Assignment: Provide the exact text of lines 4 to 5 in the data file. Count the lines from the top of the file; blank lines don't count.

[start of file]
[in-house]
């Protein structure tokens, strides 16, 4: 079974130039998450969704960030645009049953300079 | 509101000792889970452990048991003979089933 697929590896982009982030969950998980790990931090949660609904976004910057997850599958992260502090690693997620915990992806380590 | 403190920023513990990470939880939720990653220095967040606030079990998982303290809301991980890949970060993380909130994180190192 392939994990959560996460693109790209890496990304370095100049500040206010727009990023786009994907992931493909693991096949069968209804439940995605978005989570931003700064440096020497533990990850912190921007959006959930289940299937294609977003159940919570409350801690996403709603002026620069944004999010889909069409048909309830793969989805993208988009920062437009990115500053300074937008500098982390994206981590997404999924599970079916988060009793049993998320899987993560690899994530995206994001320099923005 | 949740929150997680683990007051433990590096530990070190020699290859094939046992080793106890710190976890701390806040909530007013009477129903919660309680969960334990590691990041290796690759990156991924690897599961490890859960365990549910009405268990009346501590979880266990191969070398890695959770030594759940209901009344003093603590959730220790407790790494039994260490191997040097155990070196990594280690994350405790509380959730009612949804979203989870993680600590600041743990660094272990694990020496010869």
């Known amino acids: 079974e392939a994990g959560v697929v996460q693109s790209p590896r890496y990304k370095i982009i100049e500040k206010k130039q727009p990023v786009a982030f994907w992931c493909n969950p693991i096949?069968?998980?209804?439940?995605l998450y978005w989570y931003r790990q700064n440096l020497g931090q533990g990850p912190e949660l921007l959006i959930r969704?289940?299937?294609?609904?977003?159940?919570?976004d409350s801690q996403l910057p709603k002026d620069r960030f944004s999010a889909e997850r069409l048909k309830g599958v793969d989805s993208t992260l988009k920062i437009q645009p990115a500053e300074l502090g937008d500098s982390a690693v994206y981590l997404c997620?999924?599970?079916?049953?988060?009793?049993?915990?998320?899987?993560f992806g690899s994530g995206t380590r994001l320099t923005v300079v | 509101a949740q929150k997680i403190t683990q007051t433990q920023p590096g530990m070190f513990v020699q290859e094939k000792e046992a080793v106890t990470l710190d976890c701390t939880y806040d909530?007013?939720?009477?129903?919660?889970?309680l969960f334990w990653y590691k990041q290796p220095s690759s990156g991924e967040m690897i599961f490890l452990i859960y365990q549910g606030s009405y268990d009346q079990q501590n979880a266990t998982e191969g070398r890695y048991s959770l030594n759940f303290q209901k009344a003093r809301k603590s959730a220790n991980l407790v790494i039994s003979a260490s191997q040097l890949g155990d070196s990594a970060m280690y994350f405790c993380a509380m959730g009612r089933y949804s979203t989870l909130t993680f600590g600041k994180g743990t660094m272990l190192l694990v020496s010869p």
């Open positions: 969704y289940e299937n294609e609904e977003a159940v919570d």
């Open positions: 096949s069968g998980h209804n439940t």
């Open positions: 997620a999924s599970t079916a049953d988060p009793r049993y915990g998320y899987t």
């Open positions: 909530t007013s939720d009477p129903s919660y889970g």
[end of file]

């Open positions: 969704y289940e299937n294609e609904e977003a159940v919570d």
């Open positions: 096949s069968g998980h209804n439940t």